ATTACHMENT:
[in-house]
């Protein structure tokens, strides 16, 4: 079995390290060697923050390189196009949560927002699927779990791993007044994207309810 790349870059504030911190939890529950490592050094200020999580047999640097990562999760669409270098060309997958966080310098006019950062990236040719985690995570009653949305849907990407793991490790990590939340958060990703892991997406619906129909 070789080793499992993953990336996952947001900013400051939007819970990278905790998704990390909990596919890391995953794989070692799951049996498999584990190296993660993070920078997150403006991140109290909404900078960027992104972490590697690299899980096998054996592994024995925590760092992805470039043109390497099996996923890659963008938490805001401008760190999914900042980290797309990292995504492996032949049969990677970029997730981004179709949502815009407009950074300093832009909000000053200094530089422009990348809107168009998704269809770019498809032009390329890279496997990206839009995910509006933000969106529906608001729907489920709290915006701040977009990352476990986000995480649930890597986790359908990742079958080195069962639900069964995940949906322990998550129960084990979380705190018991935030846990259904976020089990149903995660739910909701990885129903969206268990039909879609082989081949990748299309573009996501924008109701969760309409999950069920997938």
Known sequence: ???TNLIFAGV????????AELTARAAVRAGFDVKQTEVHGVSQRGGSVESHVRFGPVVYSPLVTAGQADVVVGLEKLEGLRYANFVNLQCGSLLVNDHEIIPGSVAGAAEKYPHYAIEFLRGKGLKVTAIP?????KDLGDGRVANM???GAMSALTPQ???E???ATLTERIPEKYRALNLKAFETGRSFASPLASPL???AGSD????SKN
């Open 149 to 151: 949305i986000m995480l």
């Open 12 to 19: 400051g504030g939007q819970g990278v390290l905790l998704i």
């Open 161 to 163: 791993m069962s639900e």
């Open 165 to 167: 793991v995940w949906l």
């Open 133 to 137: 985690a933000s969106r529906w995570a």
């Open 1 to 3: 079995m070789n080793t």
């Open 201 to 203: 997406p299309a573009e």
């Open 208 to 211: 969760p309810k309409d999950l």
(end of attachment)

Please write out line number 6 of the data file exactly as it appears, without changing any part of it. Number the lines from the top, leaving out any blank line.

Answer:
């Open 161 to 163: 791993m069962s639900e």